Science fiction is a genre of fiction dealing with imaginative content such as futuristic settings, futuristic science and technology, space travel, time travel, parallel universes, and extraterrestrial life. Exploring the consequences of scientific innovations is one purpose of science fiction, making it a "literature of ideas".  Science fiction has been used by authors as a device to discuss philosophical questions of identity,  of desire, morality, and social structure. I have read a little sci-fi:  Robert A. Heinlein, Arthur C. Clarke, Ray Bradbury, Frank Herbert, Jonathan Swift and Aldous Huxley. Going back as far as my childhood in the 1950s, there have been other writers of fiction whose books I have read, but that is all I can recall on a cursory survey of my 65 years of reading.

Part 3.1:

Professor Richard Sennett recently gave a lecture on "sociology as literature."  Sennett was trained at the University of Chicago and at Harvard University, receiving his PhD in 1969.  He then moved to New York where, in the 1970s he founded, with Susan Sontag and Joseph Brodsky, The New York Institute for the Humanities at New York University.  In the 1980s he served as an advisor to UNESCO and as president of the American Council on Work; he also taught occasionally at Harvard.  He is currently academic governor and Professor of Sociology at LSE, and divides his time between LSE and New York University. In addition to these academic homes, he maintains informal connections to MIT and to Trinity College, Cambridge University.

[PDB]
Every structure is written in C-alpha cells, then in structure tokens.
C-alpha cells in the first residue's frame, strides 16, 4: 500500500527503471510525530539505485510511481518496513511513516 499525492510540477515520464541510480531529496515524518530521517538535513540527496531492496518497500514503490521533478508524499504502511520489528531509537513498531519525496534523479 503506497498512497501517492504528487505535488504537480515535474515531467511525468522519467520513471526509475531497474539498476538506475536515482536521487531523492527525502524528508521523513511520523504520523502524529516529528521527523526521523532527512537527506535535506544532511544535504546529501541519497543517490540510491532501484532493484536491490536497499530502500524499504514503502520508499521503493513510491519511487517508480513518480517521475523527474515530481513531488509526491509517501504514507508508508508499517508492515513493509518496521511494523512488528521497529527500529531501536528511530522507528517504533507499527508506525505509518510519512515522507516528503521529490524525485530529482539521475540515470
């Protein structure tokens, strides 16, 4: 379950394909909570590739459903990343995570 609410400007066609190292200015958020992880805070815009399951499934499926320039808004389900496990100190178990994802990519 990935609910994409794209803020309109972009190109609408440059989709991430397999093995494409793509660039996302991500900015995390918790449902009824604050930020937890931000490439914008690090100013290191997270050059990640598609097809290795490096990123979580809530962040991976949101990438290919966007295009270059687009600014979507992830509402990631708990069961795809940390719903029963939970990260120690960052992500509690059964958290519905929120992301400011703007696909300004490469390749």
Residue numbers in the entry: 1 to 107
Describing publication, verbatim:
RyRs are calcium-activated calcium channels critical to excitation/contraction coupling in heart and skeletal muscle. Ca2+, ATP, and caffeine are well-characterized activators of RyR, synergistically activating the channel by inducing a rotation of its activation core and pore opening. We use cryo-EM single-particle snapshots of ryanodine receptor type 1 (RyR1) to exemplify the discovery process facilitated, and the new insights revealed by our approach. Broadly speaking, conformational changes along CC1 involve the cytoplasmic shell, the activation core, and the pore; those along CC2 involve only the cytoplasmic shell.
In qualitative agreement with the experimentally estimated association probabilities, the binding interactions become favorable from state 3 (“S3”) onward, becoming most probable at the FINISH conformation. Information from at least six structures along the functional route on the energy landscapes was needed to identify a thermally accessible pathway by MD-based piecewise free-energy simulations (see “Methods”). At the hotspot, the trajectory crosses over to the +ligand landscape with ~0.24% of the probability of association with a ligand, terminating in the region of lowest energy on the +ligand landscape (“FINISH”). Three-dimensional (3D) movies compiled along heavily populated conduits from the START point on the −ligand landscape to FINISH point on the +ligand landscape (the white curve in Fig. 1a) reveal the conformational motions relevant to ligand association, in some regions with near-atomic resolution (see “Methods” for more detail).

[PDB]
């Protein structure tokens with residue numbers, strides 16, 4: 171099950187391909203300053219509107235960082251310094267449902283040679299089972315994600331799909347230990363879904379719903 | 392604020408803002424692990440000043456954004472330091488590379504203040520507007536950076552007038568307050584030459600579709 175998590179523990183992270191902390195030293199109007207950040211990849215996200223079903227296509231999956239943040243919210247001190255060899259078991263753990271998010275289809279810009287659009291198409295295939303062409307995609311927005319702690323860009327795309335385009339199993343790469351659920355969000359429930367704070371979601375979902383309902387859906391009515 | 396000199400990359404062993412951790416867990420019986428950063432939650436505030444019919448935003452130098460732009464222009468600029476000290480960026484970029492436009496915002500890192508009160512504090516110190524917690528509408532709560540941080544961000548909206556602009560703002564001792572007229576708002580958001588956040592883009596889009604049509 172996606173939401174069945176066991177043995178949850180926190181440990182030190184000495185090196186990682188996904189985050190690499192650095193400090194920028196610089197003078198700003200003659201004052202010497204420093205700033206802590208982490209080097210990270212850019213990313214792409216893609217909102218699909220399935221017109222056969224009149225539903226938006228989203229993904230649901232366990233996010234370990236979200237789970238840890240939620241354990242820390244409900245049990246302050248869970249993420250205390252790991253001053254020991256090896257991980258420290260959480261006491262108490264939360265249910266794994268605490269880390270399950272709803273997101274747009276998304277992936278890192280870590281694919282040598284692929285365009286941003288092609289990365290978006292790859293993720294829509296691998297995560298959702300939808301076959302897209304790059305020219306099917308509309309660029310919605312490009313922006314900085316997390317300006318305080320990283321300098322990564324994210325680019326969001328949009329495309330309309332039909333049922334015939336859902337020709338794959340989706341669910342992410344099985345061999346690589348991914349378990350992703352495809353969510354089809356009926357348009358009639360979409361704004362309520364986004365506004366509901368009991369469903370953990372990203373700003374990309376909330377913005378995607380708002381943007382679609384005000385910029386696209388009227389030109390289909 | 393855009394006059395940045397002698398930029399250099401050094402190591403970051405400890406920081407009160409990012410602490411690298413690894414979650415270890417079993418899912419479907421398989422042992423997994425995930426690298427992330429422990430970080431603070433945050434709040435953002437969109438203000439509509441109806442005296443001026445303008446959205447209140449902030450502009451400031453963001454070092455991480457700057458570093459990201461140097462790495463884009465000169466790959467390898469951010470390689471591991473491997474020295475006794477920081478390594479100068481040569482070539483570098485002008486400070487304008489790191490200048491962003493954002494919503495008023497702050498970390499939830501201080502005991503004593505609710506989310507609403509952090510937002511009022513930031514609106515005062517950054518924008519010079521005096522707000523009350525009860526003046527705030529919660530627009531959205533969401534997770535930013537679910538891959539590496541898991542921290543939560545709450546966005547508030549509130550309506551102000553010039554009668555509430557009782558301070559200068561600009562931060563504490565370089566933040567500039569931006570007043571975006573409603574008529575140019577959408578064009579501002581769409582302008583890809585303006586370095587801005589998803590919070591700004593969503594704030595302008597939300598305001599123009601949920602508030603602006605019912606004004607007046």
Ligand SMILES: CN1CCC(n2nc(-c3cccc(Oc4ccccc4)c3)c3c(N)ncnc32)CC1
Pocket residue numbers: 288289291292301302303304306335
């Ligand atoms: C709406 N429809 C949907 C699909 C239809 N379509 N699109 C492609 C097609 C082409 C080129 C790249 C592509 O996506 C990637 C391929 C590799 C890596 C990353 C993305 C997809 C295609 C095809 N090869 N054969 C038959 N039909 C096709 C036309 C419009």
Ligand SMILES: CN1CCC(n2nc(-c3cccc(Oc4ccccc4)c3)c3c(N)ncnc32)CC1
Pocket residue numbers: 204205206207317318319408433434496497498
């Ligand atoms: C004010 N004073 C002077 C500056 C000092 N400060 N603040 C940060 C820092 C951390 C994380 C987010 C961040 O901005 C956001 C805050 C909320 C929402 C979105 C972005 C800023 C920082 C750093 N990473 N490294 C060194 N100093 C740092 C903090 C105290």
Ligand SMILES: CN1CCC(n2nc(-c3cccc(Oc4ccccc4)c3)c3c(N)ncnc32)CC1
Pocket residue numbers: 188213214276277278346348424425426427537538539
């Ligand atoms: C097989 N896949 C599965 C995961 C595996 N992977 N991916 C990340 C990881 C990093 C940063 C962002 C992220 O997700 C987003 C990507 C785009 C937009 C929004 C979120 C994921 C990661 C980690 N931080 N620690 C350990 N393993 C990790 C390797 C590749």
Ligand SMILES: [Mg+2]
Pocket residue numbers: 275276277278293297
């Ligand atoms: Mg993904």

"What's dead, white, and male? The literary canon." Such was the conclusion of a generation of literary critics by the 1980s when I began to teach some of the literary canon to matriculation students wanting to enter university in Western Australia.  A great deal of the scholarship of these literary critics worked to recover the writing by women, people of color and other excluded groups.  They wanted to refashion, if not break the monopoly, of the accepted canon. Traditionalists were appalled at this questioning of the canon. They proclaimed that none of these excluded groups produced a Tolstoy.  They also procalimed that such loosening of the gates of the canon augured the downhill slide of Western civilization. For more on this theme go to: